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Municipal Corporation of Delhi Versus Paramjeet Singh Narula
Court / Forum :
Delhi High Court Citation : O.M.P. 138/2008; MANU/DE/0586/2020 Coram : Justice Prateek Jalan Subject : Section 34 of the Arbitration and Conciliation Act, 1996 Date of Decision : January 27, 2020
The petitioner had awarded works contract to the respondent for widening and improvement of road. As disputes arose between parties, therefore Hon’ble Delhi High Court appointed a sole arbitrator.
The arbitrator awarded six claims of the respondent amounting to Rs. 11,76,243/- (Eleven Lacs Seventy-Six Thousand Two Hundred Forty-Three) in addition to costs and interests. The petitioner challenged the said arbitral award under section 34 of the Arbitration and Conciliation Act, 1996 (“Act”).
Whether the court can interfere with a factual finding in exercise of its limited jurisdiction u/s 34 of the Act?
The arbitrator had concluded that petitioner was not able to substantiate its contention that the drawings required under the contract between the parties were submitted to respondent/claimant within time. The arbitrator has awarded the impugned award based on these findings and evidence placed before him. In the present case, as the arbitrator had awarded the award after taking into consideration evidence placed before him, therefore, the objection to award is beyond the scope of jurisdiction of this court u/s 34 of the Act.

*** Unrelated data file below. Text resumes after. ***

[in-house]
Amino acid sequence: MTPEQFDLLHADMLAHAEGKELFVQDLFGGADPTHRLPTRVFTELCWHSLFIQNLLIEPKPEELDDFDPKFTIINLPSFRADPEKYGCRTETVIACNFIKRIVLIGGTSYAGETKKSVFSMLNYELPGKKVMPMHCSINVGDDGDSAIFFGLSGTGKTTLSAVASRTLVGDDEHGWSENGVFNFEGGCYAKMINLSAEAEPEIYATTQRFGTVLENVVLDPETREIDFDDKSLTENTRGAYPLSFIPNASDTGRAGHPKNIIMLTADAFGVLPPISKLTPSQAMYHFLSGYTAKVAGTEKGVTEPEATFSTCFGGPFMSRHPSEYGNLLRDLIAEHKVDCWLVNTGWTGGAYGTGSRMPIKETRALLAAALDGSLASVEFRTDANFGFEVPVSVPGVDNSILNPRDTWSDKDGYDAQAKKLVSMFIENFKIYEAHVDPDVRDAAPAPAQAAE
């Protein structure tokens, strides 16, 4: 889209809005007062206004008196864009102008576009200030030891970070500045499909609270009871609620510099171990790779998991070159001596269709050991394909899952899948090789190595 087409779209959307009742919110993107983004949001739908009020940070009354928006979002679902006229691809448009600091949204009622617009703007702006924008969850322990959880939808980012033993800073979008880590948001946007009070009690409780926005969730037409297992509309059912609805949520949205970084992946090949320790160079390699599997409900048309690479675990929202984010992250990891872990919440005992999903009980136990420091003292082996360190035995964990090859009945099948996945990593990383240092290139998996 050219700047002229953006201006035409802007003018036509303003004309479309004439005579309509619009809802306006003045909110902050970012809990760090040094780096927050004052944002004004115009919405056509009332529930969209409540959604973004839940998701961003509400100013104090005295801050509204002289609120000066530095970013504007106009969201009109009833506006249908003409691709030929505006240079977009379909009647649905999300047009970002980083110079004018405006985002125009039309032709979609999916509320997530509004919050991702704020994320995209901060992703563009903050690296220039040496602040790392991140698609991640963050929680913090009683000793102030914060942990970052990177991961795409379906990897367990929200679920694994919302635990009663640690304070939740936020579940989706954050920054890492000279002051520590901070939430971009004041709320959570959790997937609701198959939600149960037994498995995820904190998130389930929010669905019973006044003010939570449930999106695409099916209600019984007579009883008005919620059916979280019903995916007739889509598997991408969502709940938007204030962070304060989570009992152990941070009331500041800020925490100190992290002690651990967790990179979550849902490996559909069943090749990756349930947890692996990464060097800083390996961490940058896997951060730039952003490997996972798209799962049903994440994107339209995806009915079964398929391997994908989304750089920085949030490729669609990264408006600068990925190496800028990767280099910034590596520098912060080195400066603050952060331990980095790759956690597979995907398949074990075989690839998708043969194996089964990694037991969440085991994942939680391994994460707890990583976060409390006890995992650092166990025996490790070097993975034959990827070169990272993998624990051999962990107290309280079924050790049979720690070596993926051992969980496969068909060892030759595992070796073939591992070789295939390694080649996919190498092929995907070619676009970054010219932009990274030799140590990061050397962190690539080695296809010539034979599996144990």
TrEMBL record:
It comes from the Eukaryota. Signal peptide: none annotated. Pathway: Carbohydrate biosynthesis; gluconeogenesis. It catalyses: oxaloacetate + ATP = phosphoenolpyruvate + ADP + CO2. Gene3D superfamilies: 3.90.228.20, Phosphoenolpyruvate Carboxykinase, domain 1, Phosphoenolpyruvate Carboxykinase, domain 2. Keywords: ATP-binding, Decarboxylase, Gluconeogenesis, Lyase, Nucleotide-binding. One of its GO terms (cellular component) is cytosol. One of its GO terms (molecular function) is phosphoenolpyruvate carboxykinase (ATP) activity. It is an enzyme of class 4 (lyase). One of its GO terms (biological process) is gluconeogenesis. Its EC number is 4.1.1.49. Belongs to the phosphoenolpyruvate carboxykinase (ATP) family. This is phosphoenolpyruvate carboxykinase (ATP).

In a petition under section 34 of the Act, the court cannot reconsider the evidence placed before the arbitrator. The Hon’ble court while rendering its judgment relied upon the following cases.
Associate Builders vs. Delhi Development Authority
“A possible view by arbitrator on facts has to pass the muster as the arbitrator is the authority to decide the quantity and quality of evidence to be relied upon at the time of delivering the award. Thus, an award will not be invalid on the ground that it is based on little evidence or which does not measure to the quality of trained legal mind. If the approach of arbitrator is not arbitrary or capricious, then he is last word on facts.”
“A court does not sit in appeal over the award of an arbitral tribunal by reassessing or reappreciating the evidence. An award can be challenged only on grounds mentioned in section 34(2) of the Act. In absence of any ground mentioned in section 34(2) of the Act, it is not possible to re-examine the facts to find out whether a different decision can be arrived at.”
Therefore, the impugned award could not be set aside.